Over several days of rather passive daytime trading on a not-so-busy exchange, I’ve actually managed to turn the $90 worth of Bitcoins I had into around $104. Admittedly, probably half of that impressive $14 profit came from the massive jump Bitcoin made on Tuesday and Wednesday, but the rest was all me treading as carefully and sheepishly as I could in a relatively stable market.
Still, as great as making $14 in one week felt, I kept thinking about DEX’s limitations. I’ve spent over a week using it trying to understand why some of the orders took so long to go through until I’ve noticed that the exchange’s volume of the BTC/USD trading pair is just 0.365 BTC. In stocks, as well as in cryptocurrency trading, volume means the number of funds that exchanges handle within 24 hours, so it seems there’s not really that much action going on at this particular exchange.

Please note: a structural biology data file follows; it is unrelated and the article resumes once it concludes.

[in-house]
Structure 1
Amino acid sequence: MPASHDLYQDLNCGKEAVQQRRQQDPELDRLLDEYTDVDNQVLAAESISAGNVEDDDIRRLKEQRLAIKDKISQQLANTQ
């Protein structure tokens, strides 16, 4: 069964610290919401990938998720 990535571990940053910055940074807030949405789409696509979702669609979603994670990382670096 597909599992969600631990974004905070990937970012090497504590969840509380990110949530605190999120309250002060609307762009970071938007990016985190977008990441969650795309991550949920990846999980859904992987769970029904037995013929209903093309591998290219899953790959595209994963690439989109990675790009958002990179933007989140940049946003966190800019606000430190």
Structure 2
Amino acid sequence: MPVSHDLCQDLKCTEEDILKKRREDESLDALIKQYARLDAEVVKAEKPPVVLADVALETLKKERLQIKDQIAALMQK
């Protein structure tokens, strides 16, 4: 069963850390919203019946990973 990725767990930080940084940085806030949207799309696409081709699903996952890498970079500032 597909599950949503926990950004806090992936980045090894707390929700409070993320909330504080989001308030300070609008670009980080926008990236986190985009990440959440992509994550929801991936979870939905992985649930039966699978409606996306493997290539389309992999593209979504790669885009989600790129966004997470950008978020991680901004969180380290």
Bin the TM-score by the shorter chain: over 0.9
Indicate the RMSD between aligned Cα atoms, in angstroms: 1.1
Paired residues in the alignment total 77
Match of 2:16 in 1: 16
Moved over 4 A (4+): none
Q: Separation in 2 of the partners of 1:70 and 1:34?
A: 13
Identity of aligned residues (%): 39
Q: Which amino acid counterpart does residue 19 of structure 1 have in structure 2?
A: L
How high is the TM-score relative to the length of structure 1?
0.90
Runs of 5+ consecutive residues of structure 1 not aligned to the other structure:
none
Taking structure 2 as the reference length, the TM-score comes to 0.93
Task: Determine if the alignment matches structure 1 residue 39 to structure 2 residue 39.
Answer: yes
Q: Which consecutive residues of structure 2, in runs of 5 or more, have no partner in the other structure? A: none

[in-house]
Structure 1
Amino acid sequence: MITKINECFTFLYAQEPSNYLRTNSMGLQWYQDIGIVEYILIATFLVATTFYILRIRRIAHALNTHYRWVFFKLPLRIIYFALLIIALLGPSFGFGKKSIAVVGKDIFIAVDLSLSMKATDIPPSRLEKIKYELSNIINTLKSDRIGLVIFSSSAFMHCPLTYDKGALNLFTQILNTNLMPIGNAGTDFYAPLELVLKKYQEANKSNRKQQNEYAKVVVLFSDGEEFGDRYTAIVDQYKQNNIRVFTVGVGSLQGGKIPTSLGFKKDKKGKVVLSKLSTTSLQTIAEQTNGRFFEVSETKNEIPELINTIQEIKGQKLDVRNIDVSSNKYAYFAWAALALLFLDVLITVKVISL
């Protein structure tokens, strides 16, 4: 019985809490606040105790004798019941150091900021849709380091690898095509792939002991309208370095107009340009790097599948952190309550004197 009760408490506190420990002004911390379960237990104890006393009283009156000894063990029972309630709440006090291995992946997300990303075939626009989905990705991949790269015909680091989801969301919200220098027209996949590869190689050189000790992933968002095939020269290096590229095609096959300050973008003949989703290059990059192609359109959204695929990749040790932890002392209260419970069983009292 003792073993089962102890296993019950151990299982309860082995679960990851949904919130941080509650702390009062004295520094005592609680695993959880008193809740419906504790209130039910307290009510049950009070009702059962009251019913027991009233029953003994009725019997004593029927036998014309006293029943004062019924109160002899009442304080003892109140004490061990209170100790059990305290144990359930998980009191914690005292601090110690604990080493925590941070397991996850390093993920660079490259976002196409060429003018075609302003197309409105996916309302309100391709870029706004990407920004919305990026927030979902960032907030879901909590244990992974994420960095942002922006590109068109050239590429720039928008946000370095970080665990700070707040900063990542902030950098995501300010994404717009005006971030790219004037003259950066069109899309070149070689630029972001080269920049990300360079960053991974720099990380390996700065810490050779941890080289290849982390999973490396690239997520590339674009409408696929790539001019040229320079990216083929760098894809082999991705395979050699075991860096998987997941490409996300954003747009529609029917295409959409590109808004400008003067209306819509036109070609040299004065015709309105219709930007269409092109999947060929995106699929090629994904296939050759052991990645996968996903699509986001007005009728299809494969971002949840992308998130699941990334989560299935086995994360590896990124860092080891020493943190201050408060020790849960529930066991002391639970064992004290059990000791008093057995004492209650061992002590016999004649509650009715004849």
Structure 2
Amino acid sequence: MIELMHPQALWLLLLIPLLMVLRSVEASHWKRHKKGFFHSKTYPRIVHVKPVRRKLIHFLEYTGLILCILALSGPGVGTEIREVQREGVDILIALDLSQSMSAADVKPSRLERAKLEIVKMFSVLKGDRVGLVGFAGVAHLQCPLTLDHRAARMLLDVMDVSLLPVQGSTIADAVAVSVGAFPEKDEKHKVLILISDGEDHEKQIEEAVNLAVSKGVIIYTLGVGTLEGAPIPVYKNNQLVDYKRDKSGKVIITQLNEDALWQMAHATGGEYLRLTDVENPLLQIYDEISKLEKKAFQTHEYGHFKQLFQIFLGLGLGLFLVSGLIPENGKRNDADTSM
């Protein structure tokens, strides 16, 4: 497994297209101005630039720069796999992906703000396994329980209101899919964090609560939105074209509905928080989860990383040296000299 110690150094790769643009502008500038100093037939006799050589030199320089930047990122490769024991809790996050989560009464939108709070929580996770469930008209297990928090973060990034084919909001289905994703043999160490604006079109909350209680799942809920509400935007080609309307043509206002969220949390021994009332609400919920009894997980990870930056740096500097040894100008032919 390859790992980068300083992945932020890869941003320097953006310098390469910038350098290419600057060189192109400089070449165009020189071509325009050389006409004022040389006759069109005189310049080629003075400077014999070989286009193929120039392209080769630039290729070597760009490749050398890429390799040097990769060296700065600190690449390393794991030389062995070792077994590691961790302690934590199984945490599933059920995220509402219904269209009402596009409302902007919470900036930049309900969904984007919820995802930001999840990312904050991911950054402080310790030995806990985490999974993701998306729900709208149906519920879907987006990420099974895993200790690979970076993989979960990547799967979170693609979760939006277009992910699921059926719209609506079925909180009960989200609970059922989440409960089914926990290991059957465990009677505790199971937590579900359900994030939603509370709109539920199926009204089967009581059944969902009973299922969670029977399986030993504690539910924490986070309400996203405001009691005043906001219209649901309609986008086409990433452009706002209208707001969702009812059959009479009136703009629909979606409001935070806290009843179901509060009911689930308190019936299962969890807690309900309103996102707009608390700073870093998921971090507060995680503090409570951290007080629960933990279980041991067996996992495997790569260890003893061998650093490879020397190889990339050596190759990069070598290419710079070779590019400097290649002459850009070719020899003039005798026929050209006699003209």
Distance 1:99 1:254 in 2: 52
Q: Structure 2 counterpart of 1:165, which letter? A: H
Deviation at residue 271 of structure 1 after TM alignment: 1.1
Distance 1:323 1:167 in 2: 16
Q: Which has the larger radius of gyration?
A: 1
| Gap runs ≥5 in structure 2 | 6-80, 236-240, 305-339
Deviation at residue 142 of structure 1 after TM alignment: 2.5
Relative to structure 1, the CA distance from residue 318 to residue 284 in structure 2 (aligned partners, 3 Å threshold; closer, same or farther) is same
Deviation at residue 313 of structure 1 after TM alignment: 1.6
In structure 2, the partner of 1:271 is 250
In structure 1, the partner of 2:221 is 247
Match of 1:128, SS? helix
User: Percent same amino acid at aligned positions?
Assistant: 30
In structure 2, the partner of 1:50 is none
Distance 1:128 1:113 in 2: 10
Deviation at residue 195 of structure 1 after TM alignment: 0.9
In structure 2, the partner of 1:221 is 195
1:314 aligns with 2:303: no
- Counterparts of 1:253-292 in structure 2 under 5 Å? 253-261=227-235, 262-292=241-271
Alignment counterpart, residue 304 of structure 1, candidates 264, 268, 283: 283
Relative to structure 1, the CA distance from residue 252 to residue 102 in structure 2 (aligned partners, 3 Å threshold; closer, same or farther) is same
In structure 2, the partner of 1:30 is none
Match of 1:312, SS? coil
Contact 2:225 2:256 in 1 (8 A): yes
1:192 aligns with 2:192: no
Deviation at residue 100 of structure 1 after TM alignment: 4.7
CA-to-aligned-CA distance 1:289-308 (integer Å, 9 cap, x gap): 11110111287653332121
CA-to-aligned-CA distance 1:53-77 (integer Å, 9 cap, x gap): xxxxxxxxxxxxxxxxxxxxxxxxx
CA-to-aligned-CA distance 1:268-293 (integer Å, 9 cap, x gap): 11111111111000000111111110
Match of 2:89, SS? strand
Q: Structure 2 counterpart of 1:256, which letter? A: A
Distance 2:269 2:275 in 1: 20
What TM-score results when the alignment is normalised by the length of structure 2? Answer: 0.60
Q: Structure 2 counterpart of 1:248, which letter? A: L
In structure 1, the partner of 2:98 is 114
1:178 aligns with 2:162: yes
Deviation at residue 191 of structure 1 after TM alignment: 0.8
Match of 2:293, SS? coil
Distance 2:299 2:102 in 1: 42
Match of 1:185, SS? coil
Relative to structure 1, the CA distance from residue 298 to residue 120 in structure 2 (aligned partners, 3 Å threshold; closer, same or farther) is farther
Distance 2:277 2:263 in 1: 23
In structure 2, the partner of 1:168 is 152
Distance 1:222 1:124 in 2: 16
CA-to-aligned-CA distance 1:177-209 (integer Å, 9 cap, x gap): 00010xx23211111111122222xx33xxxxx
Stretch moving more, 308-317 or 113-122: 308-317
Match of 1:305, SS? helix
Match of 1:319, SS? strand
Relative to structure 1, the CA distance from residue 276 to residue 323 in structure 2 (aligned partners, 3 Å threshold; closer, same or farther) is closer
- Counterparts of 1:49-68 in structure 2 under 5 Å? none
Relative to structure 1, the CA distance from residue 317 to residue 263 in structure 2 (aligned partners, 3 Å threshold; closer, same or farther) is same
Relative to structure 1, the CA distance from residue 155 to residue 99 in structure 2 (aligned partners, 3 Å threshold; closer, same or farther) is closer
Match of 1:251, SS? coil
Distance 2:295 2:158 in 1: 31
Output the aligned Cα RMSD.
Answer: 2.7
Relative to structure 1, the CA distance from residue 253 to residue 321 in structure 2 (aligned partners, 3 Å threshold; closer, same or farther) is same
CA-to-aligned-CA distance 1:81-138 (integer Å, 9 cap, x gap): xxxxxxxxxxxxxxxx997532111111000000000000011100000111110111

In comparison, I had a look at Binance as it was the first crypto-exchange that I could think of (and I think it’s one of the biggest) and as I suspected you can’t really trade Bitcoins for Dollars there. They do have BTC/USDT pair though with the volume of 42,718 Bitcoins in the last 24 hours.
Now, USDT is Tether - it’s a stablecoin pegged to the value of a US Dollar. Stablecoins are supposed to be doing exactly what it says on the box: they’re cryptocurrency tokens with a stable value. Tether is the most famous one currently in existence, but as far as I know, it’s a rather controversial token.